Phomopsis in Soybeans

October 6, 2021

Phomopsis is a fungus that can cause yield loss and significantly reduce seed quality. In this article, we tell you how to detect Phomopsis and give you some tips to manage it.

Detecting Phomopsis in soybeans

Phomopsis is a fungus that belongs to the genus Diaporthe. It normally occurs in soybeans when (1) susceptible varieties have been planted and (2) rainfall is above normal during growth stages R6 to R8.

Phomopsis-infected soybean seeds are typically cracked and shriveled and usually covered with a chalky, white mold. Infected seedlings have reddish-brown pinpoint lesions on the cotyledons or reddish-brown streaks on the stem near the soil line.

Disease cycle

Phomopsis infects soybean plants early in the season and can be introduced via previously infected seed or spread by surrounding weeds such as velvetleaf and pigweed.

The fungus generally infects pods between the R5 and R6 growth stages.

Soybean seeds will not become infected with Phomopsis when seed moisture drops below 19%. However, seed infection and colonization can continue or resume if moisture increases to more than 19%.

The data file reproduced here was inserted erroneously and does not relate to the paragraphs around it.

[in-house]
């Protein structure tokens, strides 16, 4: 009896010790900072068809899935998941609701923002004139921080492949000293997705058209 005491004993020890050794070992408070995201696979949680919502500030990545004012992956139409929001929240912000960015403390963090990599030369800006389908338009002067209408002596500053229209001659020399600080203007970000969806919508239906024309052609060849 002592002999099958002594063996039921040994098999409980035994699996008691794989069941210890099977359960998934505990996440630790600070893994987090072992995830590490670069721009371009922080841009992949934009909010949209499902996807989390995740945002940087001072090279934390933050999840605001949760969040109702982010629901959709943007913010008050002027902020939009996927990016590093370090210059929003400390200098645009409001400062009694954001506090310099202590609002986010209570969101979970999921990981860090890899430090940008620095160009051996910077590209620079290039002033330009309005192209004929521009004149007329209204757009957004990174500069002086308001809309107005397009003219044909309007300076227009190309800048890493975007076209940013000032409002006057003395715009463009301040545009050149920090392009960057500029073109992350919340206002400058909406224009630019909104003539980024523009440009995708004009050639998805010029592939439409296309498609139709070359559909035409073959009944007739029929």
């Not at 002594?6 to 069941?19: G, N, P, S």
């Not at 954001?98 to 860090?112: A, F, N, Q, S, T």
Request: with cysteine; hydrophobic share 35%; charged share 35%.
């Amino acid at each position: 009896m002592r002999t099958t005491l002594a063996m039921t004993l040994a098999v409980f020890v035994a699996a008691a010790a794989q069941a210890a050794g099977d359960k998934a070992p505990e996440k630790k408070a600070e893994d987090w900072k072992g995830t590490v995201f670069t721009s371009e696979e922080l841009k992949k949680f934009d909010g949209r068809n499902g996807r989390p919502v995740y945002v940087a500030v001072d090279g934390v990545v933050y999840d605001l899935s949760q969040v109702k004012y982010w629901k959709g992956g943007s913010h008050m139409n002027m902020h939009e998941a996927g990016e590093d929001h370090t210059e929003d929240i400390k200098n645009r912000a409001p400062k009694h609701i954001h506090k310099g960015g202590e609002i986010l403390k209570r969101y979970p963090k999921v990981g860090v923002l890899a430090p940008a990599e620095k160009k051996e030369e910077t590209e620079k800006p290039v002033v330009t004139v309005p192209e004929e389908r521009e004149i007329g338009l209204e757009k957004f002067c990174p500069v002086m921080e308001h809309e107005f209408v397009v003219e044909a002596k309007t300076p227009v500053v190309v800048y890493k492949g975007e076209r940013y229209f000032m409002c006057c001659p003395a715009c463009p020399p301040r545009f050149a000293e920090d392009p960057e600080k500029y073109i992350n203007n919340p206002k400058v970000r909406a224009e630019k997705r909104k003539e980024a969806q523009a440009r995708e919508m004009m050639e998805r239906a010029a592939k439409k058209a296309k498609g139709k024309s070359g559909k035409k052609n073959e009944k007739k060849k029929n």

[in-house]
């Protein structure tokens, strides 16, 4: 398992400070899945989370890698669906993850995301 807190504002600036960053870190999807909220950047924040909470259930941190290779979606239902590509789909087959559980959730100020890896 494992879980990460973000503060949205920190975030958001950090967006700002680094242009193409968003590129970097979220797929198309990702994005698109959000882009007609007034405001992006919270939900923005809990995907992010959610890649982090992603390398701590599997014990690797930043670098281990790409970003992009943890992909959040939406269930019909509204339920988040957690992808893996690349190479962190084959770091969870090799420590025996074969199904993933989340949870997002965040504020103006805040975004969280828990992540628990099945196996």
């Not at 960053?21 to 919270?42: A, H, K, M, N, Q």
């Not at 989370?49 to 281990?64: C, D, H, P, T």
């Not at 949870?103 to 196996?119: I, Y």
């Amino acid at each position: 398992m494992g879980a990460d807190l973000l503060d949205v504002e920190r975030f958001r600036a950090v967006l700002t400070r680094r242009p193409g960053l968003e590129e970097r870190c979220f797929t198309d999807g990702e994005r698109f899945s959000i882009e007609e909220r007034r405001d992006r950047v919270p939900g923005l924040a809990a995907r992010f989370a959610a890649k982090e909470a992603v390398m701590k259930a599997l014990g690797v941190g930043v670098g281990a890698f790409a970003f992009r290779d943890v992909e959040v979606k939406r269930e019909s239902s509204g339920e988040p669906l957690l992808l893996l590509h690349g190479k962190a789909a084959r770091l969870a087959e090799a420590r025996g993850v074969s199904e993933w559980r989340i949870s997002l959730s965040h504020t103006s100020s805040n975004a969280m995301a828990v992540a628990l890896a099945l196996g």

The effects of Phomopsis in soybean crops

Decreased seed quality and reduced vigour, germination and emergence are the main impacts of Phomopsis in soybeans.

Yield losses from Phomopsis can be significant, but depend on the cultivar’s susceptibility and the weather during maturity. Damage and yield loss will be higher when rainy, wet conditions persist from early to mid-season.


If you detect Phomopsis in your soybean crop, reduce the amount of inoculum in an affected field by planting fewer susceptible crops and rotating with a non-host such as corn or a grain.

Don’t delay harvest, as it increases exposure to cool, wet conditions that favour the development of the disease. Harvesting at the right time helps reduce the risk of seed damage and maintain crop quality.

Infected seed can be treated with fungicides, which are usually effective against Phomopsis. These products increase germination and emergence.

Another tip: Don’t use seed lots with more than 20% Phomopsis, because severely infected or moldy seed will not germinate even after being treated.

Phomopsis in soybeans and your crops

And there you go! Now you know a bit more about Phomopsis in soybeans. We hope you enjoyed this article and found these tips helpful.

To learn more about the soybean world, visit the Blog section of our website or contact us.

Have a great harvest!